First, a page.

I’m always curious about how businesses come up with their names. But I think having one bestowed upon you by award-winning actor Viggo Mortensen – or if we’re giving him his full title, Aragorn, son of Arathorn – is the coolest origin story I’ve ever heard.
And that is exactly what happened for New Zealand-based materials company, Kaynemaile. Early on in founder Kayne Horsham’s role as artistic director for the Lord of the Rings (LOTR) movie trilogy, they hit a snag. “I was spending a lot of my time investigating local industries, to see what they could do,” he said. “We were also on the lookout for niche elements or ideas that we could collaborate with people on, to meet the specific – and occasionally, weird – needs of this project.”
Students at the University of Auckland interact with Kaynemaile every day Kaynemaile
Students at the University of Auckland stroll scross this walkway, unaware that the material that shelters them was forged in Middle Earth
And one of the key things that Kayne had to source was chainmail. If you’ve seen any of the LOTR movies, you’ll know that almost every character wears some (except the elves – they have plate armor, but I digress). So, it needed to look, move and sound authentic on screen, while also being robust enough to cope with a long shoot and multiple battle sequences. Thankfully, humans have been making chainmail since the 5th century and it was the main type of armor used by soldiers right up until the 16th century… so we know lots about it. Kayne managed to find a producer in India, but, the resulting chainmail was incredibly heavy, and the actors and stuntpeople really struggled to perform in it.
So Kayne and his team started experimenting with other materials, eventually coming up with a metal-coated plastic mail that weighed considerably less than traditional mail. And I have to say, having now held some of it in my hand, it is extremely convincing, even up close. Kayne talked me through the process they used for ‘Kayne’s Maile,’ “We started with lengths of polypropylene plumbing tube and cut it into rings on this little machine, before hand-assembling it into an interconnected mesh. Then we electroplated pure silver onto the rings, followed by copper via electroforming.”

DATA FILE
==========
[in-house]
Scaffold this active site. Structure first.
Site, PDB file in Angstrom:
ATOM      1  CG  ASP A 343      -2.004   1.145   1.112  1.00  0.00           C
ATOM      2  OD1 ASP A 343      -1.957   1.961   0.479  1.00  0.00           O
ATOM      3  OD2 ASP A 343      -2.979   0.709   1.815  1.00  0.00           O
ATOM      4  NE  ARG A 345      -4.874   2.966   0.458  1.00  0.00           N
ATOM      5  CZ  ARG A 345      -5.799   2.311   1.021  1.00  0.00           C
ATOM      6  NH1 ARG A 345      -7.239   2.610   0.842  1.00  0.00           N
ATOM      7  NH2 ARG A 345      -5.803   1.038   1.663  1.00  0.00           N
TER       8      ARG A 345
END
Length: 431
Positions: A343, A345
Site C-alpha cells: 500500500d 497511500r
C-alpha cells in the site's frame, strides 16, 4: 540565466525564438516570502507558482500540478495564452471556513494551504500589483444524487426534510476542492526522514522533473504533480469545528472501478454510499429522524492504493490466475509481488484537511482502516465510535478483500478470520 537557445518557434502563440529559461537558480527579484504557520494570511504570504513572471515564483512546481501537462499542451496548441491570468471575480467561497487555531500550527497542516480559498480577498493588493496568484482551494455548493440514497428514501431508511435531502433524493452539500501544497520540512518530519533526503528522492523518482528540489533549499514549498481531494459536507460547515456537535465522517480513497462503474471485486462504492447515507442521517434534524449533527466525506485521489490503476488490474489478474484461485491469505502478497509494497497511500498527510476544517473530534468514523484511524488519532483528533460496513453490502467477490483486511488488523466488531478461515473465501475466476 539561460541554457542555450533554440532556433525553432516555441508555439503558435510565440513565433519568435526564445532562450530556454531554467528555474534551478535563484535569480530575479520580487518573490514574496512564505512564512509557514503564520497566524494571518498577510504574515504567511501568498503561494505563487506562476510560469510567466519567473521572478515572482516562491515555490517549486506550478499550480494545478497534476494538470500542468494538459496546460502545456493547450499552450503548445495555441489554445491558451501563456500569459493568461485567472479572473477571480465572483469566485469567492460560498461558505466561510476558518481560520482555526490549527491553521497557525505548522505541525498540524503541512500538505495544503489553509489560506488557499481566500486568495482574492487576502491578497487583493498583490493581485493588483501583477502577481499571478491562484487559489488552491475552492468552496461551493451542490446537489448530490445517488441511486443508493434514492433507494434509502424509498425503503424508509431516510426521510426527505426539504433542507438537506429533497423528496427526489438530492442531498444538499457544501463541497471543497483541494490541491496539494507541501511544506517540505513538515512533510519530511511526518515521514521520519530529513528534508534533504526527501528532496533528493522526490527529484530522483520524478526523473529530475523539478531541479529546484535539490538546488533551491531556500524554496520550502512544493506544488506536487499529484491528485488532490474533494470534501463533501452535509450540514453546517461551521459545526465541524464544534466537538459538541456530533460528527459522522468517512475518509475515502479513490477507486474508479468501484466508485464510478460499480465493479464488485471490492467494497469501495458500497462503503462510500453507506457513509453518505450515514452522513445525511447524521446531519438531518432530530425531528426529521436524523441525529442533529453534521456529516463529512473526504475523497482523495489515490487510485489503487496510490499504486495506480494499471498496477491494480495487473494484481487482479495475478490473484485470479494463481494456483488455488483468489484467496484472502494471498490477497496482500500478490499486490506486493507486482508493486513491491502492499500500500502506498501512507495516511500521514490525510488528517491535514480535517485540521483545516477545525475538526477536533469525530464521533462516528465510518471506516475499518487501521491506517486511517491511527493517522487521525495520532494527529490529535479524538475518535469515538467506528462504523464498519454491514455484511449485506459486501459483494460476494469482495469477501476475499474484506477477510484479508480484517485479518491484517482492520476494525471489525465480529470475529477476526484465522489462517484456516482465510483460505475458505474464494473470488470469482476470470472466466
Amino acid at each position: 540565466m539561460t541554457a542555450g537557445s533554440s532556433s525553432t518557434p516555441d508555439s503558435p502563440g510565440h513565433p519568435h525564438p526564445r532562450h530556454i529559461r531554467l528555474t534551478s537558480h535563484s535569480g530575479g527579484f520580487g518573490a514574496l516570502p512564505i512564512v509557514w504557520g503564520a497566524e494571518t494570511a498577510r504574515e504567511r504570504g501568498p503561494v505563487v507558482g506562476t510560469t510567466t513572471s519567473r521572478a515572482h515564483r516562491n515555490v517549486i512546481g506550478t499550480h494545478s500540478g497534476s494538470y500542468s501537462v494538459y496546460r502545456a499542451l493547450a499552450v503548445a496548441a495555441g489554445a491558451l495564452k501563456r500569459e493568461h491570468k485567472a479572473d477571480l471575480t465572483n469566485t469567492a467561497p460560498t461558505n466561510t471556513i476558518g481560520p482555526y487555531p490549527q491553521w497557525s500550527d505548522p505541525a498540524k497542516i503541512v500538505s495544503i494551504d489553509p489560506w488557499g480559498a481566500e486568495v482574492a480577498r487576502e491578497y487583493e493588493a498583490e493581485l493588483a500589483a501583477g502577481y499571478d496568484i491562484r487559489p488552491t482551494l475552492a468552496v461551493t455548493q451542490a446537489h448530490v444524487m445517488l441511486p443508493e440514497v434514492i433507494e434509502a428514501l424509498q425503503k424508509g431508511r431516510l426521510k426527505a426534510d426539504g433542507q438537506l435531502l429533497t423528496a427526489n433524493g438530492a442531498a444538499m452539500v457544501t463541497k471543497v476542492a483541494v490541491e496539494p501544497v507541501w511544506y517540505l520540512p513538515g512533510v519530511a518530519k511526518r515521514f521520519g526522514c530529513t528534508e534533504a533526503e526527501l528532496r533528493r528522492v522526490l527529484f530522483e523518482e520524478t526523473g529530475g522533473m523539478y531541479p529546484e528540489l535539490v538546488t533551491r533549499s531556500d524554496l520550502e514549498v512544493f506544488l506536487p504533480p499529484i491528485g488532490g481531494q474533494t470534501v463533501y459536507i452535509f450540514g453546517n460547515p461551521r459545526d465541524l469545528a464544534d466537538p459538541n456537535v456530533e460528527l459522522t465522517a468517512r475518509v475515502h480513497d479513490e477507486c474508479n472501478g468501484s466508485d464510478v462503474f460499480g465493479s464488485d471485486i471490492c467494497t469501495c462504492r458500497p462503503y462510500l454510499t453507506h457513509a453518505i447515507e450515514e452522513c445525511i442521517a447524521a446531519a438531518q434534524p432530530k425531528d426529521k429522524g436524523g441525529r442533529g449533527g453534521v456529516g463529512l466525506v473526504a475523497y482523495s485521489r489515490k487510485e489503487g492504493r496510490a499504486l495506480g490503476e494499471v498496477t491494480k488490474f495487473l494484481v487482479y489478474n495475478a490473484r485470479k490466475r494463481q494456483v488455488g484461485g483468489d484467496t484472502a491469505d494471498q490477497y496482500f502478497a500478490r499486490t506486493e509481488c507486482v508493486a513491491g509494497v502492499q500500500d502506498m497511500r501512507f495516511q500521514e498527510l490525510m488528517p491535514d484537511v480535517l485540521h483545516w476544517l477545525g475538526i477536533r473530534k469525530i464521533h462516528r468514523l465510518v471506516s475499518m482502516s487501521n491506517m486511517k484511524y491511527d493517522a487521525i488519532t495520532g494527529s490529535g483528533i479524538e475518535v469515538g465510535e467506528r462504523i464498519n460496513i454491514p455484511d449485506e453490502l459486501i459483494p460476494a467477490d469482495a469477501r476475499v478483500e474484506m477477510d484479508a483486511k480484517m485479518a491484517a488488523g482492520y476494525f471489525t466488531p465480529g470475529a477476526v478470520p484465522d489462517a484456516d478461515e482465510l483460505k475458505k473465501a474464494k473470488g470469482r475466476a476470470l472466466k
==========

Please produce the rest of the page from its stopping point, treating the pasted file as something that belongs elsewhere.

Kayne openly admits that it wasn’t the most efficient process: “All of the assembly was done by hand, we had to make masses of the metal mail, and we were constantly repairing it. The guilt of seeing my colleagues with sore fingers made me determined to find a better, safer, and quicker way of doing it.” Several years and many failed experiments later, Kayne found an engineering company who were up for the challenge of working with him to reinvent chainmail. “I kept coming back to the idea of making rings without any joins. The circle is an inherently strong engineering shape, but the join in chain links was the point of failure.”
So, he did what he had to do. Kayne forged his material in the fires of Mount Doom… no I’m kidding, sorry. The product now known as Kaynemaile was actually produced using a fairly standard industrial process – injection molding. And he took me onto the factory floor to see the system in action. In its simplest form, injection molding involves melting grains of material before forcing it into a mold – a cavity shaped like the final product. There, it cools and hardens, to form everything from Lego minifigures to bottle caps. But, in this case, Kayne wanted to form large panels of interconnected, join-free rings. For that, he needed a new type of mold, which he went on to patent in 2006.
I stood beside the injection molding machine for ages, staring hypnotically as a new row of perfectly-formed, brightly-colored polycarbonate rings appeared every few seconds. Gradually, it added to the roll of chainmail sitting in front of the machine, and behind me, three workers used a smaller version of the machine to create the rings that stitch the panels together. (CONTINUED…)